Although Swiss migration politics are based on attracting highly-skilled workers, women from countries outside the European Union/European Free Trade Association (EU/EFTA) with a tertiary education face systemic constraint that hinder their access and integration into the Swiss labour market.
What’s going on in Switzerland?
Highly skilled women, often from Latin America, the Middle East and South-East Europe, move to Switzerland, either to seek a job, continue their education or due to family reasons. In 2007, 47% of migrants living in Switzerland were women and in 2008, 40% of women coming from a non-UE/EFTA country and working in Switzerland were holding a university degree. Despite their professional skills, autonomy and agency, those women still face structural barriers and struggle to access the Swiss labour market.
A wasted cultural capital
Migrant women’s skills and experience are often wasted. In fact, a significant number of the non-EU/EFTA diplomas are not recognized or only partly recognized in Switzerland. This can push women, as well as men, to restart university from the beginning, which impacts their economic independence as well as their psychological well-being. Professional experiences are also often undervalued since they are not backed by the “right” diploma.
Lack of information channels and networks
Migrant women tend to face a lack of information on employment opportunities and professional networks in Switzerland. They receive few or no inputs regarding the Swiss labour market, contacts and strategies. Access to knowledge on cultural specifics of entering the employment market, such as how to write applications and resumes in Switzerland, which often differs from other countries, may further worsen their situation.
Language as an additional barrier
The language may be another burden impeding women from accessing the labour market. Some employers require fluency in both French and German, others demand one of these two languages as mother tongue and even others request perfection in German and Swiss German. For persons who did not grow up in Switzerland and therefore did not follow these languages in school, it is difficult to fulfil these high requirements.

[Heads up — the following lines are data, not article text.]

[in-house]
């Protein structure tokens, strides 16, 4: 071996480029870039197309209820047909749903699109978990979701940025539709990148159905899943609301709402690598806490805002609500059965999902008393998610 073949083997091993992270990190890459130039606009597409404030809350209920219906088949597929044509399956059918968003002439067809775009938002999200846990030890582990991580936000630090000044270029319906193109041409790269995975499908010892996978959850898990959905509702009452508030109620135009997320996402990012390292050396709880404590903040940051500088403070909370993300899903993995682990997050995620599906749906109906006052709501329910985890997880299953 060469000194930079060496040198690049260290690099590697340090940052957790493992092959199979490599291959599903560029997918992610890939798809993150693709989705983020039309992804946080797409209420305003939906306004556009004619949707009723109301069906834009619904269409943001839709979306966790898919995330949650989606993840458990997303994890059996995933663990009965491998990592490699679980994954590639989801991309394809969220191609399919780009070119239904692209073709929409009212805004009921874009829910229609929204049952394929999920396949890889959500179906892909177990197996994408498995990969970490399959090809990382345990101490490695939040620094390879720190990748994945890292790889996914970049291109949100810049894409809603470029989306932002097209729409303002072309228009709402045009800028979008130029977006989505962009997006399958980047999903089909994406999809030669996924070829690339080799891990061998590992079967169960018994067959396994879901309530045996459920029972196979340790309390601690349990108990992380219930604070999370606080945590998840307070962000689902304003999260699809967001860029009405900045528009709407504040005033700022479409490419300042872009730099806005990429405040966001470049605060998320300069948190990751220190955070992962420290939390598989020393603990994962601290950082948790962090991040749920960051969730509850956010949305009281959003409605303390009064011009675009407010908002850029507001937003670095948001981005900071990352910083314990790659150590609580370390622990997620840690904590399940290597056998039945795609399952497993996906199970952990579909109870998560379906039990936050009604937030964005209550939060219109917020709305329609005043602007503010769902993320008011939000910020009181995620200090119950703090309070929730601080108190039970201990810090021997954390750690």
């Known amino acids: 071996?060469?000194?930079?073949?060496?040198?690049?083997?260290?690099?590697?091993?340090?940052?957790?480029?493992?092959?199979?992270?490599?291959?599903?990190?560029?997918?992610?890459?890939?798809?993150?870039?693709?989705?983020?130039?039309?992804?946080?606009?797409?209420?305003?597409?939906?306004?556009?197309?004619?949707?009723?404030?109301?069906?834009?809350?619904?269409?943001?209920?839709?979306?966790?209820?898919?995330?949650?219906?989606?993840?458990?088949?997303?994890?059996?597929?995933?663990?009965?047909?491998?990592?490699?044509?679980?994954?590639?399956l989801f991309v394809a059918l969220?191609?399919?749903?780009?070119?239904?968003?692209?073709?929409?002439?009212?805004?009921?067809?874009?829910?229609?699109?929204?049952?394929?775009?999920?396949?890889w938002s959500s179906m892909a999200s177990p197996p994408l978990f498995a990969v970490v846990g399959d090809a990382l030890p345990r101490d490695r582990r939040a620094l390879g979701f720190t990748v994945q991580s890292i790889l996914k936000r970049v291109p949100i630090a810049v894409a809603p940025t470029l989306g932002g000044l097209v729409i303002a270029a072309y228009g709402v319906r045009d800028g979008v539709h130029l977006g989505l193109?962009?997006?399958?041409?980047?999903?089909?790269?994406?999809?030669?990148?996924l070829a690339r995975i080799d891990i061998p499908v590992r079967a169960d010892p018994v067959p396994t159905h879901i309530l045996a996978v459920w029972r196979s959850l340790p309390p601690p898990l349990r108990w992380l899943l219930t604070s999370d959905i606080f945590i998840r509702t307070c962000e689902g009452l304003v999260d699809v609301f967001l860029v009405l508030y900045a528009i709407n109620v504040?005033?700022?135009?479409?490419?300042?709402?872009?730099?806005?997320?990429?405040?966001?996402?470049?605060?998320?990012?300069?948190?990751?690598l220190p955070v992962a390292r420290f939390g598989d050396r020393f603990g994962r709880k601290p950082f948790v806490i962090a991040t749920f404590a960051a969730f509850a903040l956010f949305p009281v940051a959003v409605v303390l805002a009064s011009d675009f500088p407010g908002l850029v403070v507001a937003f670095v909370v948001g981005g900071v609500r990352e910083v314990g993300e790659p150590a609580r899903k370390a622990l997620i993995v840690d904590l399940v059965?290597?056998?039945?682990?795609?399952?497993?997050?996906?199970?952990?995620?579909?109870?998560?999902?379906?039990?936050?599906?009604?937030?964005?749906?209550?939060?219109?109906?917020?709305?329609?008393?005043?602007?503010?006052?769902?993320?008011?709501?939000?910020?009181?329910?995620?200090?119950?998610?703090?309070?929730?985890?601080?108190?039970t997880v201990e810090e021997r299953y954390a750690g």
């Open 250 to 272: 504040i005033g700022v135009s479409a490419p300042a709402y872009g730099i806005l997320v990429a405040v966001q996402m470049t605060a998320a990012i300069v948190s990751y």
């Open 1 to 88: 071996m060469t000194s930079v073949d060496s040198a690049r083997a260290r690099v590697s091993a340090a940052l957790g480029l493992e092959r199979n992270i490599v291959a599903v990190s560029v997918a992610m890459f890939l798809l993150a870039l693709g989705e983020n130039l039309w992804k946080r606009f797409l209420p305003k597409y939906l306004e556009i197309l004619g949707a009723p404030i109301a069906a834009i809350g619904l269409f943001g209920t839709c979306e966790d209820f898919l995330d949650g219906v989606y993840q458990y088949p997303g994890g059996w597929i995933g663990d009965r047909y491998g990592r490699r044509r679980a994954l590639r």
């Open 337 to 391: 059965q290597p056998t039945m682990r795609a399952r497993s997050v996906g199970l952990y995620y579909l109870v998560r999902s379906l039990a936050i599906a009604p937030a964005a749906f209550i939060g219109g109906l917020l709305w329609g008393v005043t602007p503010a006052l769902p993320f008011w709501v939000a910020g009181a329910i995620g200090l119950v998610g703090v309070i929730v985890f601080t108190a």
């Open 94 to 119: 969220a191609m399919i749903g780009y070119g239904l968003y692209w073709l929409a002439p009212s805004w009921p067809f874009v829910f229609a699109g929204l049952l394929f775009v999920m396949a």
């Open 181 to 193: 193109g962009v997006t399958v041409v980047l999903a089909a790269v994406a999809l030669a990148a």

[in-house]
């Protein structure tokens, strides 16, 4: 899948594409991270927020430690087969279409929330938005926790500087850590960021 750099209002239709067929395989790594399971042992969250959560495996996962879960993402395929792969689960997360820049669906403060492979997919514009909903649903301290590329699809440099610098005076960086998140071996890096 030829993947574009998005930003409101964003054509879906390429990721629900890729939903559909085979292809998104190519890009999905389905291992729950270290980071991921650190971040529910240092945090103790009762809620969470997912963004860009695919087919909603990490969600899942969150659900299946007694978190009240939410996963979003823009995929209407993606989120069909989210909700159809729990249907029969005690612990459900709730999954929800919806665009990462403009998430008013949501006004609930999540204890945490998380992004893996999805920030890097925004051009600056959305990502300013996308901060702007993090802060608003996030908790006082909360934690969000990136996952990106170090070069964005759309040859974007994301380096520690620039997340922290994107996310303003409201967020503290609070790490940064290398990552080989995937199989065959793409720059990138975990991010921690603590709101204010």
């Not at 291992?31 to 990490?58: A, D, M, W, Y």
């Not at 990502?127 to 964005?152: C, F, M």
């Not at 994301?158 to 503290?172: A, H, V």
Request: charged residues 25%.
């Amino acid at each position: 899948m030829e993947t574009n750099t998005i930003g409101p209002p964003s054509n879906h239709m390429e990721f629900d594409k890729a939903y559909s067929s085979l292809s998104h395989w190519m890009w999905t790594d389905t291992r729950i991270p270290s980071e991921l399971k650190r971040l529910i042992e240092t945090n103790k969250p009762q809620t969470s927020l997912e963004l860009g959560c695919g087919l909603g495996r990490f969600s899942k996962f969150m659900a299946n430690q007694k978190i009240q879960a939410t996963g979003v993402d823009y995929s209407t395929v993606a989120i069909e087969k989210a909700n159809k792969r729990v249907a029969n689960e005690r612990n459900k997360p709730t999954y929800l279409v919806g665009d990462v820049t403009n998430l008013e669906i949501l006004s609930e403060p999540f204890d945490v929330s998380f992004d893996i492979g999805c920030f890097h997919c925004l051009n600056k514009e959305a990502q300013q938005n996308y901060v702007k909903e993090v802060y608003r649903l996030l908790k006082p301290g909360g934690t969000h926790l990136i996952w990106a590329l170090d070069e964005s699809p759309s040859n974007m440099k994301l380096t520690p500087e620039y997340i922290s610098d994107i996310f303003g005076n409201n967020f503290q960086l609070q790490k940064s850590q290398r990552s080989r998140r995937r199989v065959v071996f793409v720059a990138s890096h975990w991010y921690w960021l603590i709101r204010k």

Your passport, your gender and all the stereotypes coming with that
Migrant women stand at an intersection of gendered and racial stereotypes. The collective imaginary depicts them as submissive, passive and not empowered. They are more likely to be seen as not emancipated and competent enough to fulfil certain professional tasks. These gender and racial preconceptions often lead to the assumption that migrant women’s only suitability lies in the field of care work.
To access highly-skilled jobs in Switzerland, a C permit is generally required. However, this permit is difficult to obtain and takes about 10 years of residency for non-UE/EFTA nationals. In case of transnational marriages, the residency authorization is a long process, during which the immigrated spouse has not a stable status and thereby cannot apply for jobs, since employers require a valid working permit. To conclude, Article 21 of the Swiss Law on Foreigners gives priority to the Swiss and UE/EFTA nationals for accessing the labour market. 
Overall, the reasons discussed in this article have an important impact on migrant women’s situations and well-being in Switzerland. In many cases, gender, racial stereotypes and institutional barriers confine them to the domestic sphere since access to the labour market is difficult. In other cases, they are obliged to opt for part-time and low-paid jobs that do not fit their level of education and lead to a professional deskilling.
Haifa Ben Salem (25) is a trilingual gender expert and lives in Geneva. Her fields of interest are mainly gender and migration; gender and identity, gender in trade and development, and gender and cross-cultural dynamics. She is an active member of the Gender Program at foraus.
Yvonne Riano, «Niveau de formation élevé: condition d’une intégration réussie pour les femmes migrantes?» ACTES DU SYMPOSIUM FEMMES ALBANAISES QUALIFIÉES: POTENTI’ELLES D’INTÉGRATION, avec un regard croisé avec d’autres femmes en Suisse.
 Rausa and Reist « La population étrangère en Suisse » Edition 2008
 Article 21 LEtr (loi fédérale du 16.12.2005 sur les étrangers)